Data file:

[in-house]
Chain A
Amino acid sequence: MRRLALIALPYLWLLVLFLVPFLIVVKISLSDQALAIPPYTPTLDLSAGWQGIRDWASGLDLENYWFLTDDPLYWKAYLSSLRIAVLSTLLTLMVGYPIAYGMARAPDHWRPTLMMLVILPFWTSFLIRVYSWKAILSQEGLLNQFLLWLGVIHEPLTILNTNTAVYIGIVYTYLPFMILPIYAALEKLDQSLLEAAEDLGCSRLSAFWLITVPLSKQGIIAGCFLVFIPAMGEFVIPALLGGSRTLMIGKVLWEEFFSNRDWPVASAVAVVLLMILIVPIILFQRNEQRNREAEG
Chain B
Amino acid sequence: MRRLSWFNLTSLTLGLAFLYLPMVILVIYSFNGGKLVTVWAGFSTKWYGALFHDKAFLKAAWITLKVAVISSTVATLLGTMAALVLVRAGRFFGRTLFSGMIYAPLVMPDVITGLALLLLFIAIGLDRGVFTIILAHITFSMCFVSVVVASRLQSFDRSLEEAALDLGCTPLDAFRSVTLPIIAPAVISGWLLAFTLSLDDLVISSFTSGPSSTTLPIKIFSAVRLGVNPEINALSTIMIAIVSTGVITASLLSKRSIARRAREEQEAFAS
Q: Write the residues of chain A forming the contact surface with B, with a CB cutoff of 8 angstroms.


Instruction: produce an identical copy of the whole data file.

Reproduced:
[in-house]
Chain A
Amino acid sequence: MRRLALIALPYLWLLVLFLVPFLIVVKISLSDQALAIPPYTPTLDLSAGWQGIRDWASGLDLENYWFLTDDPLYWKAYLSSLRIAVLSTLLTLMVGYPIAYGMARAPDHWRPTLMMLVILPFWTSFLIRVYSWKAILSQEGLLNQFLLWLGVIHEPLTILNTNTAVYIGIVYTYLPFMILPIYAALEKLDQSLLEAAEDLGCSRLSAFWLITVPLSKQGIIAGCFLVFIPAMGEFVIPALLGGSRTLMIGKVLWEEFFSNRDWPVASAVAVVLLMILIVPIILFQRNEQRNREAEG
Chain B
Amino acid sequence: MRRLSWFNLTSLTLGLAFLYLPMVILVIYSFNGGKLVTVWAGFSTKWYGALFHDKAFLKAAWITLKVAVISSTVATLLGTMAALVLVRAGRFFGRTLFSGMIYAPLVMPDVITGLALLLLFIAIGLDRGVFTIILAHITFSMCFVSVVVASRLQSFDRSLEEAALDLGCTPLDAFRSVTLPIIAPAVISGWLLAFTLSLDDLVISSFTSGPSSTTLPIKIFSAVRLGVNPEINALSTIMIAIVSTGVITASLLSKRSIARRAREEQEAFAS
Q: Write the residues of chain A forming the contact surface with B, with a CB cutoff of 8 angstroms.